This section basically tests your comfort level in terms of understanding text and grammar. It tests your ability to analyse and evaluate information, and distinguish between concepts and words. It also assesses your ability to analyse the relationship between different parts of sentences. Questions in this section are of three types – reading comprehension, text completion and sentence equivalence. Reading comprehension will focus not only on your ability to understand paragraphs, but your ability to hone in on the important points, infer information from the paragraphs that can either be found in the body or those that aren’t written but implied. When you finish reading the passage, you should have figured out the author’s position in the piece as well as his or her opinion on the topic. These passages can be drawn from a vast field of subjects that range from the humanities to the sciences to business topics. In terms of text completion, there will be incomplete sentences and you will need to fill in the necessary words according to the context. For sentence equivalence, you will be required to fill in the blanks with the most appropriate option from the six choices provided to you. In addition to figuring out which word best suits the context, you will also have to select the two top options among all the choices provided.

 

What is the quantitative reasoning section all about?

This section basically assesses your ability to understand quantitative information and apply your mathematical skills and the concepts of arithmetic, geometry, algebra and data interpretation to solve problems. As was the case with verbal reasoning, quantitative reasoning has different types of questions. Two of these are multiple choice questions – multiple choice questions with more than one correct answer and multiple choice questions with only one correct answer. Some multiple choice questions will test your quantitative comparison skills. You will also have to work on computational problems, where you enter a numeric answer after solving the problem. If you take the paper-delivered test, you will receive a handheld calculator, and if you opt for the computer-delivered test instead, you will have an on-screen calculator.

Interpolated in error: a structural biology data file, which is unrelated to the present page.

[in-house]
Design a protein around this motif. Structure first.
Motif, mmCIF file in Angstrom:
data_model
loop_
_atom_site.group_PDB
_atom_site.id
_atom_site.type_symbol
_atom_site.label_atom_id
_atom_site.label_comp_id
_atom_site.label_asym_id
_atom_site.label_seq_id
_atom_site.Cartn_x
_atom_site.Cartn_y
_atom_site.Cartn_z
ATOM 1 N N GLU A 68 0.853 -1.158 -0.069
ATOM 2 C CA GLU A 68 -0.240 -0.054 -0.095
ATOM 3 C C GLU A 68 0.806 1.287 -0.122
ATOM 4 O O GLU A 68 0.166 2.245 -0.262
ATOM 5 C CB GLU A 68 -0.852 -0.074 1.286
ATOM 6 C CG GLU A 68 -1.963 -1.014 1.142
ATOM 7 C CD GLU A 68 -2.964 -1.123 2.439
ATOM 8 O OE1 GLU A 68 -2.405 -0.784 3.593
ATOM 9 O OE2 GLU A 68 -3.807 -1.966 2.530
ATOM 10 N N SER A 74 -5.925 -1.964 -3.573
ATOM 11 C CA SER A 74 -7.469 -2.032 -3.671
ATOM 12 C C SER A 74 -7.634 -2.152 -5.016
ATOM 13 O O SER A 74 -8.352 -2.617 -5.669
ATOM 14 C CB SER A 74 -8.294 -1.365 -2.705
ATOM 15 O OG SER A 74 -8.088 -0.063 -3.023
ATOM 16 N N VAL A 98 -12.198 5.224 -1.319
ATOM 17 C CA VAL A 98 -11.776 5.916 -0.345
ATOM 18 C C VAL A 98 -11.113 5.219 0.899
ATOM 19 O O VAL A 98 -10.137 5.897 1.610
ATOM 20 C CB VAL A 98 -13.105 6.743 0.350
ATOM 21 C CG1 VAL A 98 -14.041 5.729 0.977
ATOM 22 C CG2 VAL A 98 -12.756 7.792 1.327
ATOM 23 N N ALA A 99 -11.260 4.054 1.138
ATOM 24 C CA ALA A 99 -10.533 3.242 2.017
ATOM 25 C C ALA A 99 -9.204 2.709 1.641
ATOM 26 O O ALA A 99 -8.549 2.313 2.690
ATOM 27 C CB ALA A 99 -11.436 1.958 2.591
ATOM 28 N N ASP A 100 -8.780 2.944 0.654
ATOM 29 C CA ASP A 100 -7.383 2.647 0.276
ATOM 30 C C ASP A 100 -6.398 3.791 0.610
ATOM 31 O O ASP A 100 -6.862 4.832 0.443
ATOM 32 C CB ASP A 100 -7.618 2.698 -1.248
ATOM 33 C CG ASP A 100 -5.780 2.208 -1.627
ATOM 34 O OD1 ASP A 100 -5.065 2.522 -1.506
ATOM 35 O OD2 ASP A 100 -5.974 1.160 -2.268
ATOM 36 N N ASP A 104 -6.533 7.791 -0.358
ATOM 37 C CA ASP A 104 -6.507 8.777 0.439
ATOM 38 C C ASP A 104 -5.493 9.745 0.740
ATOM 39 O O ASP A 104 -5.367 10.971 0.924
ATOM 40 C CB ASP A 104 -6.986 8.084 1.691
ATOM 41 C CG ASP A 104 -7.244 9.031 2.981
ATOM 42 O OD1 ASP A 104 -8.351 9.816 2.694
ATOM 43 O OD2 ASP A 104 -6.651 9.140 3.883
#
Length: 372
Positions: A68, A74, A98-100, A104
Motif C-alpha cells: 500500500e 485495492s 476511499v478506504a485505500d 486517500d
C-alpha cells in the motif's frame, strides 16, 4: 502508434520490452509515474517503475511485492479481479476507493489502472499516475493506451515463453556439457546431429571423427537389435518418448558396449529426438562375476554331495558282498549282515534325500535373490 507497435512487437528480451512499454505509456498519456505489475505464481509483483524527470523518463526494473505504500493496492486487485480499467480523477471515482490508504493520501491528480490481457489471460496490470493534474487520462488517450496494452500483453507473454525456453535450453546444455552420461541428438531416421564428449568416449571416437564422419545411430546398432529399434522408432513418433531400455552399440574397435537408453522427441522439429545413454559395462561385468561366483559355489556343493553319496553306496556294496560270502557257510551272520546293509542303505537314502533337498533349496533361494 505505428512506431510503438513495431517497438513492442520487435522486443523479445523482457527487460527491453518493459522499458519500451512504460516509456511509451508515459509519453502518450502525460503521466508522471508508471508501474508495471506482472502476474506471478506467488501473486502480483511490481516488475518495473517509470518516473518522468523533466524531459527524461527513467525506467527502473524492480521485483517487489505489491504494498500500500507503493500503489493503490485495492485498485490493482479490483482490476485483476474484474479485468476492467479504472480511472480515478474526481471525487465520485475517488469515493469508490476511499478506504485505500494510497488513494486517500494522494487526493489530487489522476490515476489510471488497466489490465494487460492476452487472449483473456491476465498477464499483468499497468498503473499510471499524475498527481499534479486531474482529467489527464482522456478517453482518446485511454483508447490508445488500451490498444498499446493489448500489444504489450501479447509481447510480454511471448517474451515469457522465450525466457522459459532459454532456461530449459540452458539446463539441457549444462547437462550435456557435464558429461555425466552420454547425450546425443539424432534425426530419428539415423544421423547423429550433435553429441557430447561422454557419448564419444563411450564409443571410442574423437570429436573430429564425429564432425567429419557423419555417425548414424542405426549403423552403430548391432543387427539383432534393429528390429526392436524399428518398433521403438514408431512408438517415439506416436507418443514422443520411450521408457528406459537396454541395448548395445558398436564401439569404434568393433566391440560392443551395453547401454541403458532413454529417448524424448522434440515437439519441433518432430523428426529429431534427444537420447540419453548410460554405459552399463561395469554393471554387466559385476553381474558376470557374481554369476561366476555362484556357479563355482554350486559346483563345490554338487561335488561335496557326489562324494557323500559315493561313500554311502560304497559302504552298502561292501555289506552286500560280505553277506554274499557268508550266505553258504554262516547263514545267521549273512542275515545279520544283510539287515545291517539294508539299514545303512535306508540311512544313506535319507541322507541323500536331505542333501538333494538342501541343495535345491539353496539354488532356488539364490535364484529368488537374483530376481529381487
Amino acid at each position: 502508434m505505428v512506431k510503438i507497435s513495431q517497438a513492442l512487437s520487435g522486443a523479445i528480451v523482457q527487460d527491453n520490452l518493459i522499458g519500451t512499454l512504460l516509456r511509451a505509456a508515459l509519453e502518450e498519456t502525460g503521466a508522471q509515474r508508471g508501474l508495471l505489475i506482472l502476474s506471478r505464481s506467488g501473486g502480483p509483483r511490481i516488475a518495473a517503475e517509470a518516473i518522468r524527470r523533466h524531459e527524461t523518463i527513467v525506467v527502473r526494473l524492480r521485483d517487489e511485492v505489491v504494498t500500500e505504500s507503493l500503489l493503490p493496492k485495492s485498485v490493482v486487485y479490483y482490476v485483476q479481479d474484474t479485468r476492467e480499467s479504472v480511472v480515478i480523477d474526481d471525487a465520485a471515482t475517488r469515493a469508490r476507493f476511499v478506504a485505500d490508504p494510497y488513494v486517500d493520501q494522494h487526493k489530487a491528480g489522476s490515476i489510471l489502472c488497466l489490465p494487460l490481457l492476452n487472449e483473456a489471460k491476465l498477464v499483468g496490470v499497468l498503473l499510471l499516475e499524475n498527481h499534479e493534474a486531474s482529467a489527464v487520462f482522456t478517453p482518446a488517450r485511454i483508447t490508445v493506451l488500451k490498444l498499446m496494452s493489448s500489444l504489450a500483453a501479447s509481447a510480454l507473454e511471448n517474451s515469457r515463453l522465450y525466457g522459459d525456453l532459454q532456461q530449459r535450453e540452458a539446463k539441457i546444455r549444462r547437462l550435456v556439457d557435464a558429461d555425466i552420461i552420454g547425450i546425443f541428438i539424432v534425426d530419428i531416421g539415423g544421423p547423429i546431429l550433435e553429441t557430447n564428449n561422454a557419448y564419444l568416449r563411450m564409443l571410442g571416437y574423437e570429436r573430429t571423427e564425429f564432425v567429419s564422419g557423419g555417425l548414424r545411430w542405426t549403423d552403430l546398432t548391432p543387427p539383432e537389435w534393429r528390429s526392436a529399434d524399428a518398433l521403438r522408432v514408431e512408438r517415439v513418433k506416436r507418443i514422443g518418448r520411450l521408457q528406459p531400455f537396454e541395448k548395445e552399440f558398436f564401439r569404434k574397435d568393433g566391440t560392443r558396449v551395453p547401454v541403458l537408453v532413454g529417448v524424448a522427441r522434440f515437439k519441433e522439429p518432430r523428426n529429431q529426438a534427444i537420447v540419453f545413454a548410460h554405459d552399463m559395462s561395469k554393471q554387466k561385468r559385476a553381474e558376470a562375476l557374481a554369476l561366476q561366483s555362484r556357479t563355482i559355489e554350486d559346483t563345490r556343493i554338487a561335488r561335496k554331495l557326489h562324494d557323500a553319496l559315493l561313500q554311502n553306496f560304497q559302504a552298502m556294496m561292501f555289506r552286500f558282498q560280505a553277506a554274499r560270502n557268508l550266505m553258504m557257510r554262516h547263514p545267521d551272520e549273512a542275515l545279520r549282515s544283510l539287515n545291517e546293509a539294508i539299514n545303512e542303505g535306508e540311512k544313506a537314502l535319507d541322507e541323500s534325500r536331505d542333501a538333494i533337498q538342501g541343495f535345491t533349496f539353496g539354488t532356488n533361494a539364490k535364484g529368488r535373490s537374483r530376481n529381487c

What is the analytical writing section all about?

This section measures your ability to critically analyse an argument as well as in issue. In addition to your ability to analyse the passage, this section is also designed to test your ability to represent your ideas in a logical and clear manner. If you choose to take the computer-delivered test, you will receive no advantages over a paper-delivered test taker. This is because you will have access to only a basic word processor with no spell-check.

 

How is the GRE general test scored?

Verbal reasoning: 130-170 in 1-point increments

Quantitative reasoning: 130-170 in 1-point increments

Analytical writing: 0-6 in half-point increments

 

Can you help me prepare for GRE?

Yes! Check-out the following articles on GRE with practice questions, word lists and tips to score higher.

GRE made easy: free practice, on test day and other tips

Practice Questions – Reading Comprehension

Practice Questions – Text Completions

The Ubiquitous 400

Practice Questions – Sentence Equivalence